Expanding HBCU Pathways for Geoscience Education

Thursday 3:15pm Tate B20

Authors

Sue Ebanks, Savannah State University
Dr. Edith Davis, Florida Agricultural & Mechanical University
Reginald Archer, Tennessee State University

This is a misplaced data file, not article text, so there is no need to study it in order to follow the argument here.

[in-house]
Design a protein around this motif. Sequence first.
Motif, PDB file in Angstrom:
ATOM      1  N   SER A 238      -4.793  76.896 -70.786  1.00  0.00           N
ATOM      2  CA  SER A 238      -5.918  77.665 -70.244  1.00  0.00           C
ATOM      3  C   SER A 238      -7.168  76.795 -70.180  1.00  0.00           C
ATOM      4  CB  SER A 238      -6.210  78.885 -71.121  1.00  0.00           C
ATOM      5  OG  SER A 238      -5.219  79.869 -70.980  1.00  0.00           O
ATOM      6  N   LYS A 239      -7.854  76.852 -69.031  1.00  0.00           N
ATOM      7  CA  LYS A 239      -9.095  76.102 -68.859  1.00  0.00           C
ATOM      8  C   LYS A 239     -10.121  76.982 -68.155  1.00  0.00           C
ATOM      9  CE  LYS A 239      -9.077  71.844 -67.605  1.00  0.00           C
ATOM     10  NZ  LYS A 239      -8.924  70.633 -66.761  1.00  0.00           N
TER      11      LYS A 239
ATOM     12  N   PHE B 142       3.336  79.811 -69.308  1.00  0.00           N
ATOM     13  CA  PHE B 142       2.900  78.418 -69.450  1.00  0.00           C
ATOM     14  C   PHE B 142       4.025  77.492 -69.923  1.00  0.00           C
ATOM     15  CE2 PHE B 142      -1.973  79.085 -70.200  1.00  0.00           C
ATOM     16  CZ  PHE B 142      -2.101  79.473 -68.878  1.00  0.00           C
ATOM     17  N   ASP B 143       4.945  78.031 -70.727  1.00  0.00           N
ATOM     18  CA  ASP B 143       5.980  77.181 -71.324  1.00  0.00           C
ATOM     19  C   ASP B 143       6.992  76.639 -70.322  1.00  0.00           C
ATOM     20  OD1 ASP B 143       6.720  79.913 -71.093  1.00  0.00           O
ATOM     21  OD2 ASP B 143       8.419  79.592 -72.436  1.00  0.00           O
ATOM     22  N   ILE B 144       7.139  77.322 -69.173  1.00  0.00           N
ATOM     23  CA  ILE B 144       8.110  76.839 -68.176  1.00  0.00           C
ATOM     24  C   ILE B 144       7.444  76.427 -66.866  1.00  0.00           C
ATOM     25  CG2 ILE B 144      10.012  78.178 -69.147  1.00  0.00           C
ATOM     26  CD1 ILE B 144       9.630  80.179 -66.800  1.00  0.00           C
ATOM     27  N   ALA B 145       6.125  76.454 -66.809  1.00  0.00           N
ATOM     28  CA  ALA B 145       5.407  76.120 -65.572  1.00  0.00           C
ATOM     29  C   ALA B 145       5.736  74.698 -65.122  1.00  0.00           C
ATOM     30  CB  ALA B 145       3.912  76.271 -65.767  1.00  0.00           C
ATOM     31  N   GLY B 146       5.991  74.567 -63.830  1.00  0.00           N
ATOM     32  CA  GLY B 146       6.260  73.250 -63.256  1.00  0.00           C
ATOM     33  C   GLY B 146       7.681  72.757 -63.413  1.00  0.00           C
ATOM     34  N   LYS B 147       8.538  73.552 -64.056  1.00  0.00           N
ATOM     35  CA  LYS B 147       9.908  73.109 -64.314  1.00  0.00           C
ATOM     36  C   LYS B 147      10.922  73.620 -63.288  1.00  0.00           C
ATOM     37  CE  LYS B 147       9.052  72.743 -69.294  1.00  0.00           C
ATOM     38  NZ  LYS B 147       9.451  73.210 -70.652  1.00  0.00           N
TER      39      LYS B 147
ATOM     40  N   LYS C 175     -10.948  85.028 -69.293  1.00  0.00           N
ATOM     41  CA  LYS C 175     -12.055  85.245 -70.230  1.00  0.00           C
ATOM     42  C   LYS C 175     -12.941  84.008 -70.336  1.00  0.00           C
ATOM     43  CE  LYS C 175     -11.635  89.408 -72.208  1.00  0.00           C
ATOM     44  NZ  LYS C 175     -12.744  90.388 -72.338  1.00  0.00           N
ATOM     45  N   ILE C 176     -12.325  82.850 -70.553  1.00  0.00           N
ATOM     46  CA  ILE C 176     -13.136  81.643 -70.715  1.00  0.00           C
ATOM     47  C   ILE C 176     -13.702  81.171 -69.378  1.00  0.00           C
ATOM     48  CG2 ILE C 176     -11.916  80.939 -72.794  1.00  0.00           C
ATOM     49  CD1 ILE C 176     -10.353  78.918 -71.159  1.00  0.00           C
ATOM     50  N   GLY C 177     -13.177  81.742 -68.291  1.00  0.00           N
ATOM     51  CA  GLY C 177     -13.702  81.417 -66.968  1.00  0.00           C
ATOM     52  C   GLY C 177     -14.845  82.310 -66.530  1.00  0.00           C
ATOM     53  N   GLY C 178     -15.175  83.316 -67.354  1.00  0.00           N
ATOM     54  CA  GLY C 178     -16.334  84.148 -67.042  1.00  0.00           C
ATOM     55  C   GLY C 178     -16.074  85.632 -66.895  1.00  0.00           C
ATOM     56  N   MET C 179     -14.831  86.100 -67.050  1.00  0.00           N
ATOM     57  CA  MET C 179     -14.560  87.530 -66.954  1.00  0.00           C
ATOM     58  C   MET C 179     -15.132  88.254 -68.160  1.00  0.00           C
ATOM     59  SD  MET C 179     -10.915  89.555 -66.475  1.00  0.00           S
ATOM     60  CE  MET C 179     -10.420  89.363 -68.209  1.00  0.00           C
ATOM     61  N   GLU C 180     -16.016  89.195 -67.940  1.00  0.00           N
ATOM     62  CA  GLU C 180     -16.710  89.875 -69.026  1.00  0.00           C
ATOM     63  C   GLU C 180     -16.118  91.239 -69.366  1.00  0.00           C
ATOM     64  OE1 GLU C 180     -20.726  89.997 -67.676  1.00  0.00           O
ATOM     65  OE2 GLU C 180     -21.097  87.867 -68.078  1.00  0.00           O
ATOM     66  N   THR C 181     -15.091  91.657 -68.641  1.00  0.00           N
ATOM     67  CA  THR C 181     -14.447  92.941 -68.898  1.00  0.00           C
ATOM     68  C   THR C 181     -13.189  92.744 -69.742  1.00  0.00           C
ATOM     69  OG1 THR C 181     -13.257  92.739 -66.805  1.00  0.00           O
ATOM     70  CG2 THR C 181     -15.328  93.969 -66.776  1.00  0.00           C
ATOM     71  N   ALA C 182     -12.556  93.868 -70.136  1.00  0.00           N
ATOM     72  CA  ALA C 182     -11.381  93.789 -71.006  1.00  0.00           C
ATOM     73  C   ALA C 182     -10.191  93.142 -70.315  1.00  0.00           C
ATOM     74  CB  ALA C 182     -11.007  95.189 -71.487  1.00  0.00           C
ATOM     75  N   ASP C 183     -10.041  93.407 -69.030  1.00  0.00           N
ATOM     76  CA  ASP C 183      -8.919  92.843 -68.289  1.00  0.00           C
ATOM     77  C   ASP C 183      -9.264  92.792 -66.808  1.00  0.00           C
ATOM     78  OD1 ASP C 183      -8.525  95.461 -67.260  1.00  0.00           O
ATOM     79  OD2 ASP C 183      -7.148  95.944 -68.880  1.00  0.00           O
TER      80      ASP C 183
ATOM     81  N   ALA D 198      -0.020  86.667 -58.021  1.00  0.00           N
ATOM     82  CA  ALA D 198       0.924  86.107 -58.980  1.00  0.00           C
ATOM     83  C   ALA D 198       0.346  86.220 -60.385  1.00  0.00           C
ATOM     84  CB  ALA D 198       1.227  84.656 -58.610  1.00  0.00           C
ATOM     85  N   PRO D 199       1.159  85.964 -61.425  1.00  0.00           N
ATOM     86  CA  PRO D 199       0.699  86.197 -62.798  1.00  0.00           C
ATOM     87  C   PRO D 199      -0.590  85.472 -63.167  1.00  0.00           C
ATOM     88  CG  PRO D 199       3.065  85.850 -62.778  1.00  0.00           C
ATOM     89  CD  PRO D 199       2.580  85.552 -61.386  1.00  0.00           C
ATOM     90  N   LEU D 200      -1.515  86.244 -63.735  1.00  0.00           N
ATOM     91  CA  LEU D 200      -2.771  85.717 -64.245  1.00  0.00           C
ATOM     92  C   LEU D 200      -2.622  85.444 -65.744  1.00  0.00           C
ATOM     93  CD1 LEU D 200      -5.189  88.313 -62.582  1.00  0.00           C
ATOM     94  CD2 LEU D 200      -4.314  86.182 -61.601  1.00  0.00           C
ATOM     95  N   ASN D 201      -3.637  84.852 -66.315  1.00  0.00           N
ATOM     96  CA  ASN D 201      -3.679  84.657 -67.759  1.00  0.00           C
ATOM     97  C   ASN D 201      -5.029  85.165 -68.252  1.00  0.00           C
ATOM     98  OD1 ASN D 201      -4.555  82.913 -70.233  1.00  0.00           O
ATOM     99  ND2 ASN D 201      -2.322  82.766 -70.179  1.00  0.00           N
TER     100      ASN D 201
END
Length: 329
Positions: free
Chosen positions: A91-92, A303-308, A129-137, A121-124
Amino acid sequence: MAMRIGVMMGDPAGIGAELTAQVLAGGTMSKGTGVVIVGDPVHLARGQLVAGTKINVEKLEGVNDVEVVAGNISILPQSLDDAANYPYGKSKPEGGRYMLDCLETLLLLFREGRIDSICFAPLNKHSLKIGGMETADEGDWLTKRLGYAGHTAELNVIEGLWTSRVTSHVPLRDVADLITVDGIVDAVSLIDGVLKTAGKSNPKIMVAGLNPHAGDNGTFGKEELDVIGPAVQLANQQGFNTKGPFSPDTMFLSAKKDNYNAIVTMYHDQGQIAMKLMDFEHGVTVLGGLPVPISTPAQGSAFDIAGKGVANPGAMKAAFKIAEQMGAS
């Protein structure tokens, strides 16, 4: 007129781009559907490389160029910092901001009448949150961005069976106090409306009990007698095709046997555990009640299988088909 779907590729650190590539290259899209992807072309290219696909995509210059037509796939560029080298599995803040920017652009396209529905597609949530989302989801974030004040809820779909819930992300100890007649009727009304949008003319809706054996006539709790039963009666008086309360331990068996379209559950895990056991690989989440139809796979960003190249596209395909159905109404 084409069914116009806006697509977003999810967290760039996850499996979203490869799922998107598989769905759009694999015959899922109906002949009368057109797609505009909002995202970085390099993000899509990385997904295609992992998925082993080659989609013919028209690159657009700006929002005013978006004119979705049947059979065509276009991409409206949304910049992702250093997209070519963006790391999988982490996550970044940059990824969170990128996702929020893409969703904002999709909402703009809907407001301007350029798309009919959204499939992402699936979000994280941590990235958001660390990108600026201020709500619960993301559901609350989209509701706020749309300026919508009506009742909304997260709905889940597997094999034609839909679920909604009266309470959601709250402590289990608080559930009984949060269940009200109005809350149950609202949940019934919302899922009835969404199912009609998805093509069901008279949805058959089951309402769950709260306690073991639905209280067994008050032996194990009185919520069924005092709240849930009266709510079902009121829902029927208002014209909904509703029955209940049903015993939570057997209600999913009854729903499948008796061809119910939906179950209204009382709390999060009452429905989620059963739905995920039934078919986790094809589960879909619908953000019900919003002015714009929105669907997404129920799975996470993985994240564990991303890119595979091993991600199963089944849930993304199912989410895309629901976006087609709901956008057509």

Over the past 40-plus years of recruitment activities and tracking of racial demographics, there has been an obvious consistent under-representation of African Americans in the Geosciences, both as a field and for the subfields that comprise the Geosciences. Recruitment efforts in some sub-fields have produced occasional increases, but there is clearly a need to reassess the approach for supporting the continued matriculation toward careers in the Geosciences, including Geoscience Education. Further, there needs to be an examination of the best practices, or at least reoccurring themes, for those institutions of higher learning that are producing the bulk of the African American Geoscientists: the HBCUs. Secondly, there needs to be an evaluation of the first exposure to the Geosciences: middle-grades teacher preparation. The purpose of this 3-year, NSF-funded project was to deliver a strategic, multi-dimensional, scalable instrument to 1) positively impact middle school teacher preparation curricula and professional development activities and 2) improve minority access to the geosciences. In this presentation, we will present major findings from the evaluation of 6 unique HBCUs, as the foundation for planned next steps, which include meaningful collaborative research at the intersection of the Geosciences with K12 educators and the broader community.